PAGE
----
"The orders do, however, have the potential to further disrupt normal life for thousands of West Bank residents, and in this regard we are concerned that their implementation could be an additional violation of international law, including the fourth Geneva Convention, which requires Israel, as the occupying power, to safeguard the welfare of those living under occupation," the bishops wrote in their letter to Clinton.

The bishops also pointed out that the ELCA has a long history of ministry in the region, working in partnership with Palestinian Christians, including the Evangelical Lutheran Church in Jordan and the Holy Land, and others within the interfaith community. Most members of the ELCA Conference of Bishops visited the Middle East, including Israel and the West Bank, during one of two conference trips there in 2009.

"We are devoted to seeking a just peace for all people in the land. It is out of these relationships and commitments that our current concern arises," the bishops wrote.

Bishops who signed the letter were:
+ The Rev. Bruce H. Burnside, ELCA South-Central Synod of Wisconsin, Madison, caucus chair
+ The Rev. Murray D. Finck, ELCA Pacifica Synod, Santa Ana, Calif.
+ The Rev. Gerald L. Mansholt, ELCA Central States Synod, Kansas City, Kan.
+ The Rev. Dean W. Nelson, ELCA Southwest California Synod, Glendale
+ The Rev. Margaret G. Payne, ELCA New England Synod, Worcester, Mass.
+ The Rev. Duane C. Pederson, ELCA Northwest Synod of Wisconsin, Chetek
+ The Rev. Floyd M. Schoenhals, ELCA Arkansas-Oklahoma Synod, Tulsa, Okla.
+ The Rev. Harold L. Usgaard, ELCA Southeastern Minnesota Synod, Rochester
+ The Rev. David B. Zellmer, ELCA South Dakota Synod, Sioux Falls

--- A link to the full text of the ELCA bishops' letter to Sec. Clinton is at on the ELCA Web site.

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Sabeel's Fifth International Young Adult Conference

"From the Belly of the Whale - A Palestinian Christian Cry for Justice"

Sabeel's Fifth International Young Adult Conference, July 21 - August 1, 2010, in Jerusalem. There's still room for young adults -ages 18 to 35. Registration deadline: June 1.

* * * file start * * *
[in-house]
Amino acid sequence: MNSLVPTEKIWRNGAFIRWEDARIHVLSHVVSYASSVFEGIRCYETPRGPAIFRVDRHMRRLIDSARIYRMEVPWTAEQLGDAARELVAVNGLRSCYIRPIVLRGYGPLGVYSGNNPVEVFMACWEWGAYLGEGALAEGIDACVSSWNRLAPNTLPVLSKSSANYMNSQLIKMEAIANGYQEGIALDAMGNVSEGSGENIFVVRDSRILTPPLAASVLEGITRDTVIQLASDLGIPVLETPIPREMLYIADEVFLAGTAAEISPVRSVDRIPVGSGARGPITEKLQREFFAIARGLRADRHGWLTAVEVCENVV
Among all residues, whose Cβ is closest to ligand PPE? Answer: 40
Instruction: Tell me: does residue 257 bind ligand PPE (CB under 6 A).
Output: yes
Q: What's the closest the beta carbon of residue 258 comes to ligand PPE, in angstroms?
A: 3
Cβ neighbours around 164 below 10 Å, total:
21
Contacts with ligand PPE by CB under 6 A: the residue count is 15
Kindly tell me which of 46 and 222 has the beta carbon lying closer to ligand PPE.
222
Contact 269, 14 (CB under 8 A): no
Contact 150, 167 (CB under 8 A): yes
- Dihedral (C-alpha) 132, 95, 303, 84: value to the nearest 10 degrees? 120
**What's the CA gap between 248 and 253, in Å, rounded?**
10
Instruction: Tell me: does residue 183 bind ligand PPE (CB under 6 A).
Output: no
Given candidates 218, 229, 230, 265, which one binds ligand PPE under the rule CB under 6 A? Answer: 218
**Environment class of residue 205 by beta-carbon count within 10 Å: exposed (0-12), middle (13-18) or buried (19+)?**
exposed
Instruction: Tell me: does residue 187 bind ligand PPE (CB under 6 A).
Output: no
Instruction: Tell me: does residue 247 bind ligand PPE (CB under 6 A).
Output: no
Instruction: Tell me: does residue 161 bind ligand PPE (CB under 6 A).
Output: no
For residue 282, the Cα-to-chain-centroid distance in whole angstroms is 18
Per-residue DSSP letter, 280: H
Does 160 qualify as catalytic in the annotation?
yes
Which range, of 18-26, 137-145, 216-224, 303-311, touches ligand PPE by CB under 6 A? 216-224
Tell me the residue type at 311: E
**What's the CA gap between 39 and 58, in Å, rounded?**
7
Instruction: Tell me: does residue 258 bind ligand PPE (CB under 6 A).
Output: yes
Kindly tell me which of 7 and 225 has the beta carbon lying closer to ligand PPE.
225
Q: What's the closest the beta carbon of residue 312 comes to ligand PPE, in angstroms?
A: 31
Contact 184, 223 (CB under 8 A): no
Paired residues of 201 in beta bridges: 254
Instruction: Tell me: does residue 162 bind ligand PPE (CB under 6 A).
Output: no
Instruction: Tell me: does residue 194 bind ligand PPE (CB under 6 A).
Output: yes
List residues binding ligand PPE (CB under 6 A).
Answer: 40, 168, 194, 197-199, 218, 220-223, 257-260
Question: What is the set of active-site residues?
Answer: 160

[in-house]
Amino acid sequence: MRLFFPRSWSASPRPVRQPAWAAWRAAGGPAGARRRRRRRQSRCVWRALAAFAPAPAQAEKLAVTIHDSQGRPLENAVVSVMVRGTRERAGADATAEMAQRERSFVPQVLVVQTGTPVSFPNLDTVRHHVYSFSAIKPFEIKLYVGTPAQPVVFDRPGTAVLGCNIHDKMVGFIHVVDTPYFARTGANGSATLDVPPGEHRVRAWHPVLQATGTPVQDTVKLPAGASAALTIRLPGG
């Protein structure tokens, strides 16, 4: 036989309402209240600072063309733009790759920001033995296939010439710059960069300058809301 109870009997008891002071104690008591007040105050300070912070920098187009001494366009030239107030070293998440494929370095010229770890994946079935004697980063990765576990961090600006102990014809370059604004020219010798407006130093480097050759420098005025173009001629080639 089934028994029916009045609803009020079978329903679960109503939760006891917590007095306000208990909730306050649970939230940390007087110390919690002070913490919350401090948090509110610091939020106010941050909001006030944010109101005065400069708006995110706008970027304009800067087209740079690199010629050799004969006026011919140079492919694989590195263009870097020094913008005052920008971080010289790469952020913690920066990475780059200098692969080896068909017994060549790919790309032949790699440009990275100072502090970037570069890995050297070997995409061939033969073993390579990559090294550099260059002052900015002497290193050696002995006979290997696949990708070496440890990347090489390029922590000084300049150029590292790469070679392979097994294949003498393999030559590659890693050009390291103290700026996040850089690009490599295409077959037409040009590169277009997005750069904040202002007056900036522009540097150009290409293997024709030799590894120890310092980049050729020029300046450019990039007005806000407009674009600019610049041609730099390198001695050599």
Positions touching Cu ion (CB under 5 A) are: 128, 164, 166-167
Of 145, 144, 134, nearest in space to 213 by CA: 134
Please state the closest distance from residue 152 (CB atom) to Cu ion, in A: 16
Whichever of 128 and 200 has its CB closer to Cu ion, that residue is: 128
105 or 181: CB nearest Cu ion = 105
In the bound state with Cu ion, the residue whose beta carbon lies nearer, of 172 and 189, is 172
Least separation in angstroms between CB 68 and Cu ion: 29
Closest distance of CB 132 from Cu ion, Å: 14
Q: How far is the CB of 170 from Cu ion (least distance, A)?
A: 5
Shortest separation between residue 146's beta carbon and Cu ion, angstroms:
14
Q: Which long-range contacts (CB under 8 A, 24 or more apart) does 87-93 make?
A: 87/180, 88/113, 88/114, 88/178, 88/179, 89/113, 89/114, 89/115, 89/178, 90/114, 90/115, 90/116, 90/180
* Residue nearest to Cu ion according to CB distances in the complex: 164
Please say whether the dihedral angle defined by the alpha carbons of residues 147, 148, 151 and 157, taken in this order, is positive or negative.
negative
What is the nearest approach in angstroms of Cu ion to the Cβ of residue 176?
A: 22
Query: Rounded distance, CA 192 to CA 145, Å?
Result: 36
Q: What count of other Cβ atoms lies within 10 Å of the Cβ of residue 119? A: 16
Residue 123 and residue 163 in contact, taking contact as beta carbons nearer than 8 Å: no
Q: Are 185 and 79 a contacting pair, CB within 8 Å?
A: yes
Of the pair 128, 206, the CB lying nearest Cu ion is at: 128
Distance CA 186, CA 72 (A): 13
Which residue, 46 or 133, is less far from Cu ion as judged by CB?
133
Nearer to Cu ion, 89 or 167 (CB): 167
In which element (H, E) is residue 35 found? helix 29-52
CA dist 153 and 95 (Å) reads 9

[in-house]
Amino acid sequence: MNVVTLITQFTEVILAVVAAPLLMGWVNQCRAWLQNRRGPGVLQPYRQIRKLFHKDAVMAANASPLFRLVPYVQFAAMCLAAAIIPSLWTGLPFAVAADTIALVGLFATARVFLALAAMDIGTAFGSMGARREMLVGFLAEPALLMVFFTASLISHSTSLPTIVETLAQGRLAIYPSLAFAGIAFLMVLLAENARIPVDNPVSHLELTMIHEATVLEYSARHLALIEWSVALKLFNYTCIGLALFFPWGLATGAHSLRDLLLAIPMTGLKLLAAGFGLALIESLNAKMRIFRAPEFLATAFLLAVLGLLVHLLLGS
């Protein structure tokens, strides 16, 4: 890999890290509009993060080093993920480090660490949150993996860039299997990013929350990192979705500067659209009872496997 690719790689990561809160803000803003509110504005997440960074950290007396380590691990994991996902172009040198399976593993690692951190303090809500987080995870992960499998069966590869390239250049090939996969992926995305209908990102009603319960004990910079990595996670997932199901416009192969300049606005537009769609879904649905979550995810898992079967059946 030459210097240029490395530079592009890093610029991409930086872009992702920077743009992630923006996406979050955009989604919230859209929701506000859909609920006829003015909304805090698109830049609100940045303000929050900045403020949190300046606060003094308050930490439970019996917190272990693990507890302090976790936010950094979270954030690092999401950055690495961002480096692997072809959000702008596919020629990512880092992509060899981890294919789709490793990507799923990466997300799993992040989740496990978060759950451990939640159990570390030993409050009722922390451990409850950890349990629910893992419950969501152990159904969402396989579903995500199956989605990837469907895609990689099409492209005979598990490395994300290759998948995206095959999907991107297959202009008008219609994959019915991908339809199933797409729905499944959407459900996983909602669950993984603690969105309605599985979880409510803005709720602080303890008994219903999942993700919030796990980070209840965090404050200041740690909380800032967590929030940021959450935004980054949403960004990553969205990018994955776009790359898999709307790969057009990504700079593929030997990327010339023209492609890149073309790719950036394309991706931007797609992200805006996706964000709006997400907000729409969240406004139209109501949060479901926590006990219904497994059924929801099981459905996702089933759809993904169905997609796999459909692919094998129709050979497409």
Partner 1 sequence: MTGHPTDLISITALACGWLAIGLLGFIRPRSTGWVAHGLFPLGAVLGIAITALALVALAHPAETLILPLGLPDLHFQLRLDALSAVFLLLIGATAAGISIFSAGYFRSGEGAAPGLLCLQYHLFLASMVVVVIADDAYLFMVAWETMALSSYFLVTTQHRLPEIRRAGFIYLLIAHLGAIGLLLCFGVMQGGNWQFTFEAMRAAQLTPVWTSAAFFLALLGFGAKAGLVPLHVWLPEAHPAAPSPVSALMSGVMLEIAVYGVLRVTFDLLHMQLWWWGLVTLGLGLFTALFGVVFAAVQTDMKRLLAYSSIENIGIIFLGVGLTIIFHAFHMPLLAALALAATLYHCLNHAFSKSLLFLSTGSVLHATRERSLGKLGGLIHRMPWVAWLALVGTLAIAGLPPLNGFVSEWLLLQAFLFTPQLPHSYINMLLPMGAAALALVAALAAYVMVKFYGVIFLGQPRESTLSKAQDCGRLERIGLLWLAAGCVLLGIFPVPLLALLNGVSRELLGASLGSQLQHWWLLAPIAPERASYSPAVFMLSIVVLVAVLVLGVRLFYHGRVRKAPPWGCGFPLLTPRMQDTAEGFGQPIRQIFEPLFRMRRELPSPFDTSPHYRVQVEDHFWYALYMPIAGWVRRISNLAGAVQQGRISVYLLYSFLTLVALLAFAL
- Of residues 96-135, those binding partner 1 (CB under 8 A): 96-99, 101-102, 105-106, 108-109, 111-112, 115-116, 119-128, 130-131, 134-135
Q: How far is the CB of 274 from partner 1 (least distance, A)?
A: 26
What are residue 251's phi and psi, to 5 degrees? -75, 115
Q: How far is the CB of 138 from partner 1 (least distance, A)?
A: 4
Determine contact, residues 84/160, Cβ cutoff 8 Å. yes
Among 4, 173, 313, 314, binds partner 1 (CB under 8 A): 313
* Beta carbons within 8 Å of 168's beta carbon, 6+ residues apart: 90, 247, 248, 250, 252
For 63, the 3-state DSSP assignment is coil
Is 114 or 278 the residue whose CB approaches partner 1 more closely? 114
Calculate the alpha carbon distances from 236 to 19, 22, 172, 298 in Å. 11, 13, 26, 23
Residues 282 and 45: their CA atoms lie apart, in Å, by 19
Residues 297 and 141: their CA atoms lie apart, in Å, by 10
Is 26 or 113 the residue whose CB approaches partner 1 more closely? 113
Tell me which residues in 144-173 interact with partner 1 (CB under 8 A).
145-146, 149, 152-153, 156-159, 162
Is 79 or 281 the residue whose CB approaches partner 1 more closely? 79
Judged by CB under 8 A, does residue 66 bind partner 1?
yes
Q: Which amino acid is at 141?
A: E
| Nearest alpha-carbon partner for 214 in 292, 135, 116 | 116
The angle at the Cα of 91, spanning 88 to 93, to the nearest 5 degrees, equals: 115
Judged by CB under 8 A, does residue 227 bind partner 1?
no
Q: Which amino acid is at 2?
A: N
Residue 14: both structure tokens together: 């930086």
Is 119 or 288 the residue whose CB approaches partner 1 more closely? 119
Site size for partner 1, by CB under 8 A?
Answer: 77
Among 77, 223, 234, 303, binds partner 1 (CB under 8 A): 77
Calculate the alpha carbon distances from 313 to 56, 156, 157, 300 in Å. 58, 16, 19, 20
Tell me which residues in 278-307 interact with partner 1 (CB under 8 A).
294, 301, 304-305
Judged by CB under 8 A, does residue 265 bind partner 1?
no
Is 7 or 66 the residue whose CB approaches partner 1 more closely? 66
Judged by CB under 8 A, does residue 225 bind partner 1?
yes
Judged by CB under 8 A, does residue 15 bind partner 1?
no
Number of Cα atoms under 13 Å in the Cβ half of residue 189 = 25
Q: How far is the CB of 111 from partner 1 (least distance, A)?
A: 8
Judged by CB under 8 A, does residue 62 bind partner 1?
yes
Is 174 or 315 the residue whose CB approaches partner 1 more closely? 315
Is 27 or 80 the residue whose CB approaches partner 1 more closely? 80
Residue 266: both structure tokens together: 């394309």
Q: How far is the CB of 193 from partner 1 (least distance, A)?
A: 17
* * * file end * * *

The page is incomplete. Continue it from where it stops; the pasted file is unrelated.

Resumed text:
Do you know a young person for whom this unique international experience would be a good fit? Do you know leaders who work with youth and young adults? Click here for the flyer -

Here for the application form - nf..pdf

The Vision: To provide young adults (18-35) with an alternative pilgrimage experience that emphasizes active engagement with both the people and the land.

The conference includes visits to Palestinian and Israeli Communities, cultural activities, contextual tours of holy sites, volunteering and activism, worship and bible study, panel discussions and advocacy workshops.

12 Days in Palestine and Israel, total cost: $1100 (not including airfare or transport from airport). Contact us for info on sponsors and financial aid.

The 5th Annual Young Adult Conference, titled “From the Belly of the Whale: A Palestinian Christian Cry for Justice,” is inspired by the Book of Jonah. In the story, the nationalist prophet Jonah travels against his will to preach repentance to his Assyrian enemies in the city of Nineveh. A story of mercy, compassion, perception and responsibility, the tale of Jonah and the Assyrians will serve as a springboard for this year’s conference, giving new perspective to the Palestinian struggle by providing a humanizing lens for seeing reality that is grounded in both Jewish and Christian Religious traditions. This year’s conference, beginning July 21st, will last for twelve days. We hope to bring together a strong group of Palestinian and International participants, including but not limited to seminarians, university students, social workers, journalists, clergy members and social activists.

Take a look at our flyer and fill out an application! Here is a link to a chapter from Reverend Naim Ateek’s recent book, A Palestinian Christian Cry for Reconciliation, interpreting the Jonah story from the perspective of a Palestinian Liberation Theologian: